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By psychologist Jane Dodding

Even with all the education and anti-stigma messages we receive these days about depression, it is still common to hear people say "just toughen up" or "get over it". Be assured, if it was that easy, those suffering would.

Depression is very unpleasant and can be debilitating. These kind of comments are unhelpful and can cause harm – the person is giving themselves enough of a hard time without anyone else joining in. Through the lens of depression, the person is more than likely already thinking they are worthless, flawed and not as good as everyone else.

Having depression is not a weakness. It is not a personality issue. It is an illness.

Imagine saying to someone who has cancer: "You are just weak, toughen up."

When there are physical signs of illness or injury, it is much easier for us to understand and be more sympathetic. With depression it can be difficult to understand unless you have experienced it or know someone who has (even then it is hard to grasp what it is truly like).

We all know what it is like to be sad and depressed but that is not depression. Try to imagine feeling extremely sad or irritable all day, every day, consistently for at least two weeks. Nothing you do shifts that heavy feeling, you don’t want to talk or be around anyone, you cannot get yourself out of bed and having a shower is like running a marathon (without training). Your negative thoughts keep hounding you and you just want to sleep to escape them but you are having trouble sleeping. You feel worthless, life looks hopeless, you don’t get any joy out of the things you used to, the idea of eating makes you feel sick and your libido is non-existent. Everything is hard, you are dragging yourself around constantly being harassed by your own dark thoughts.

Sadly in the mining industry, we often hear comments like, "If they can’t hack it, they should leave."

Depression is not determined by your job, your gender, your age, your race. It is an illness that everyone, including you, is vulnerable to.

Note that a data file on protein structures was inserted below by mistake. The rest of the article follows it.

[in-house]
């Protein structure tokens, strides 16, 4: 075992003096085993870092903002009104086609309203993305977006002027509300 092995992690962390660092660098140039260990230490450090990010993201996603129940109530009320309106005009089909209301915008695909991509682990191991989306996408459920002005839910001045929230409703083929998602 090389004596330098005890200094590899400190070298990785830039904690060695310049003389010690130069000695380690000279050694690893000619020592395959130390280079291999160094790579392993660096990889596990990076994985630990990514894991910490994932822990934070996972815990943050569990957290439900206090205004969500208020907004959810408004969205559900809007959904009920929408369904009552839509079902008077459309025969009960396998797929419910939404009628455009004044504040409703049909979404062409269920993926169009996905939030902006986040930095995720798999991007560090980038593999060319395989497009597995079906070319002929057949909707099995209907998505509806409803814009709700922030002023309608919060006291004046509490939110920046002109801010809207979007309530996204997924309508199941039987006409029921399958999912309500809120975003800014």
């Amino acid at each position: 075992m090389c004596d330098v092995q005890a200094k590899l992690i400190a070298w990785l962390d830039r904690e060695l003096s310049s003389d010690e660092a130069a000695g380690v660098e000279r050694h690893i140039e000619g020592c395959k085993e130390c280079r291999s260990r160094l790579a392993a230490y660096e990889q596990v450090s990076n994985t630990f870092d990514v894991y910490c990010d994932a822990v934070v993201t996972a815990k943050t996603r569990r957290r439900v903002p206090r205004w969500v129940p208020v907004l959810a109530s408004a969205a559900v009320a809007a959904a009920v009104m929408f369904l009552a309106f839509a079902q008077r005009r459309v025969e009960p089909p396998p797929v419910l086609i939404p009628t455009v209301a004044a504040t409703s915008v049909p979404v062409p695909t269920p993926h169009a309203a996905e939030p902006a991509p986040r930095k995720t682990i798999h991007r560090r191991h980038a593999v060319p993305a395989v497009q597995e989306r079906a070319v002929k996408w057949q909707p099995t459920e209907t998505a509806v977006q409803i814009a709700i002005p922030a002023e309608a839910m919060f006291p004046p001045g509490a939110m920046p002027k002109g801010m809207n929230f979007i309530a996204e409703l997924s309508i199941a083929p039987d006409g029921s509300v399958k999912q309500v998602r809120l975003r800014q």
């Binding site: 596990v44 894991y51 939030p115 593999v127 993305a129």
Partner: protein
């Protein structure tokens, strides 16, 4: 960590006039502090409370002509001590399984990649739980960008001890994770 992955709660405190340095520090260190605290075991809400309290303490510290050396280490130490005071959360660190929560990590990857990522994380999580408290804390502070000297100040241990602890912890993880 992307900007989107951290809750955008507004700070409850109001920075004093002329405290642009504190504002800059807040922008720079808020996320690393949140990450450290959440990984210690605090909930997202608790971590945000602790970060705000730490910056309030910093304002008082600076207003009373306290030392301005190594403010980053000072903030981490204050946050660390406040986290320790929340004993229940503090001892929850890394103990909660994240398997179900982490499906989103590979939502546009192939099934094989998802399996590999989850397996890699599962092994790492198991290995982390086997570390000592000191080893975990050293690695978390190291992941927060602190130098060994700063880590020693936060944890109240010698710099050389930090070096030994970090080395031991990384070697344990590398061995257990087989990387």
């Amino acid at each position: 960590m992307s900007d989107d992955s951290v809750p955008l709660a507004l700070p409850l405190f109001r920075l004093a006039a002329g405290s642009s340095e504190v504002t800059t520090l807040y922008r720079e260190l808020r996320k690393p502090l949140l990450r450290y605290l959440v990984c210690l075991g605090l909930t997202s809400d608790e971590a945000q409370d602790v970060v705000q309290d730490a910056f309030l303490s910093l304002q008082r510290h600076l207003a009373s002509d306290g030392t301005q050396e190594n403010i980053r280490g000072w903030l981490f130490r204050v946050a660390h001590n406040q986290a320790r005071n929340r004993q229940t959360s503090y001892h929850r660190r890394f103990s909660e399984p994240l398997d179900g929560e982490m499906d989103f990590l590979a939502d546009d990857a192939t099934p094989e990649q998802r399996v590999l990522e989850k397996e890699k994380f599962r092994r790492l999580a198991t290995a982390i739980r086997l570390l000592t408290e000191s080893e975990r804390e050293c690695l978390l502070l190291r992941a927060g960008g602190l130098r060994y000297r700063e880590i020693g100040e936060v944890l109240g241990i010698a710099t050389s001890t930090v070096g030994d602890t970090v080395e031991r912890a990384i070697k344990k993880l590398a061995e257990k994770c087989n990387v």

For FIFO workers, being away from the support of family, friends and health professionals can make managing depression harder, so it is particularly important in this industry that co-workers are educated, understanding, supportive and have each other’s backs. Being at work may actually help the person’s recovery by maintaining their routine, providing structure and giving them a sense of achievement and purpose.

Rather than kick people when they are down, you could show some compassion and help rather than hinder or harm their recovery (the kick back is you will feel better about yourself too). You could:

  • Educate yourself to gain a better understanding of what they are going through. Talk to people who have experienced depression and try to put yourself in their shoes.
  • Keep an eye on them and ask if they are okay. Lend an empathetic ear and give them an opportunity to talk if they want to.
  • Support them to do some activities which will help their recovery. For example, do some exercise with them, eat together, invite them to socialise or join you, chill out together.
  • Help them to get professional support if they haven’t already.

We offer a free email Q&A service with our psychologists, so just click here to ask a question about relationships, parenting or your career. Please allow one week for a personal email response. Please also note that Q&As may be published on the Mining Family Matters website to help other families coping with similar challenges, however all names, locations and identifying information will be removed to ensure your anonymity.

Mining Family Matters aims to break down the barriers of isolation and the stresses of living away from family and friends. Although this website provides general advice from a psychologist and practical tips from mining families, the content should never be regarded as a substitute for professional health services or crisis services. Always speak to your doctor or specialist provider for advice on a specific medical condition. If you are depressed and require urgent assistance, call 9-1-1 or visit the Canadian Mental Health Association website at www.cmha.ca.


Jane Dodding is a highly experienced psychologist based in South Australia. www.mindsplus.com.au